Daniel B. Wallace (PhD, Dallas Theological Seminary) is professor of New Testament Studies. He is a member of the Society of New Testament Studies, the Institute for Biblical Research, and has consulted on several Bible translations. He made these comments...
To sum up the evidence on the number of variants, there are a lot of variants because there are a lot of manuscripts. Even in the early centuries, the text of the NT is found in a sufficient number of MSS, versions, and writings of the church fathers to give us the essentials of the original text. [Revisiting the Corruption of the New Testament, Daniel B. Wallace, pg. 40]
Even Bart D. Ehrman who puts a skeptical spin on things when writing for the general public made the following statement in a college textbook as quoted by Dan Wallace in 'Revisiting the Corruption of the New Testament' on pg. 24...
"In spite of these remarkable differences, scholars are convinced that we can reconstruct the original words of the New Testament with reasonable (although probably not 100 percent) accuracy."
Ehrman wrote that in a college textbook called 'The New Testament: A Historical Introduction To the Early Christian Writings', 3rd ed. (New York: Oxford University Press, 2003), pg. 481.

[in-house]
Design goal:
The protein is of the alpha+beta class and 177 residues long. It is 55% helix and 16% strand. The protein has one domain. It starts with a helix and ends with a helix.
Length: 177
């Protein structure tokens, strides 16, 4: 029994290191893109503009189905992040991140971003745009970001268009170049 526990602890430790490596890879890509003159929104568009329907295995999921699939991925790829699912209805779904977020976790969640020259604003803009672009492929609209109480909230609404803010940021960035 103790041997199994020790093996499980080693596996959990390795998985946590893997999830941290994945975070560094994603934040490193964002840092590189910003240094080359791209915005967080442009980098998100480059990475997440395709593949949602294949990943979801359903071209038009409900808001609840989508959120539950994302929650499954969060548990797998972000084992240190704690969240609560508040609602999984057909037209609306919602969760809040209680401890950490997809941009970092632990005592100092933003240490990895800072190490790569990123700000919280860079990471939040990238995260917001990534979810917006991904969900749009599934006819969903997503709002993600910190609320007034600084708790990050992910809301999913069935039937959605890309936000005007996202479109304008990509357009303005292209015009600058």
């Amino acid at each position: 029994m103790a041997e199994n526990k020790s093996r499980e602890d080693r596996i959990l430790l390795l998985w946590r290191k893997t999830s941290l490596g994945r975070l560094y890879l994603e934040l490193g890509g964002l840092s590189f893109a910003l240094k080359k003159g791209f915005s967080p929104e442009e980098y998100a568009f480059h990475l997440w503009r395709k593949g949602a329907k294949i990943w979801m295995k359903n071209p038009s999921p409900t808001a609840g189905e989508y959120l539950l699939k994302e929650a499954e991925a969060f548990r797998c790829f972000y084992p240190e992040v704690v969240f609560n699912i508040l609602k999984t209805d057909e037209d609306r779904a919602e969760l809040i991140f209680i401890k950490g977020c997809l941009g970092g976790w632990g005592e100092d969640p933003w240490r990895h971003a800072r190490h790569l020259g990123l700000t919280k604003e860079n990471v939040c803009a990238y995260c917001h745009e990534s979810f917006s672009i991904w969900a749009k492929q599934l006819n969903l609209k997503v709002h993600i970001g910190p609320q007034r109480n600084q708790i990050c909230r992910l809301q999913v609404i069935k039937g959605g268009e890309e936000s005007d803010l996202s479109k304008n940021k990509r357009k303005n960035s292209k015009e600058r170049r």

In an article by Dan Wallace, he wrote...
'Though textual criticism cannot yet produce certainty about the exact wording of the original, this uncertainty affects only about two percent of the text. And in that two percent support always exists for what the original said--never is one left with mere conjecture. In other words it is not that only 90 percent of the original text exists in the extant Greek manuscripts--rather, 110 percent exists. Textual criticism is not involved in reinventing the original; it is involved in discarding the spurious, in burning the dross to get to the gold.' [The Majority Text and the Original Text: Are They Identical?
Study By: Daniel B. Wallace The Majority Text and the Original Text: Are They Identical? | Bible.org - Worlds Largest Bible Study Site
The following quotes are from the book 'Reinventing Jesus', 2006, by J. Ed Komoszewski, M. James Sawyer, and Daniel B. Wallace.
''Since the earliest texts that we have agree substantially with the later ones, if we were to project backward to the original, the changes from the original text to the earliest copies would be miniscule.'' [p. 55]

''The reality is that, although most of the text of the New Testament is not in dispute, some passages are.'' [p. 61]

''As we look at the materials and methods of textual criticism in the succeeding chapters, we will see that there are solid reasons for regarding the manuscripts of the New Testament as substantially correct in representing the original text.'' [p.70]

''As we saw in the last chapter, only a very small percentage of the New Testament is in doubt.'' [p. 73]

''For the vast majority of the textual variants, there is simply no difficulty determining the original wording.'' [p. 83]
New Testament textual criticism then is a very important endeavor as it demonstrates the reliability of our New Testament text.

Well, all these excerpts from experts is very convincing...Hmmm...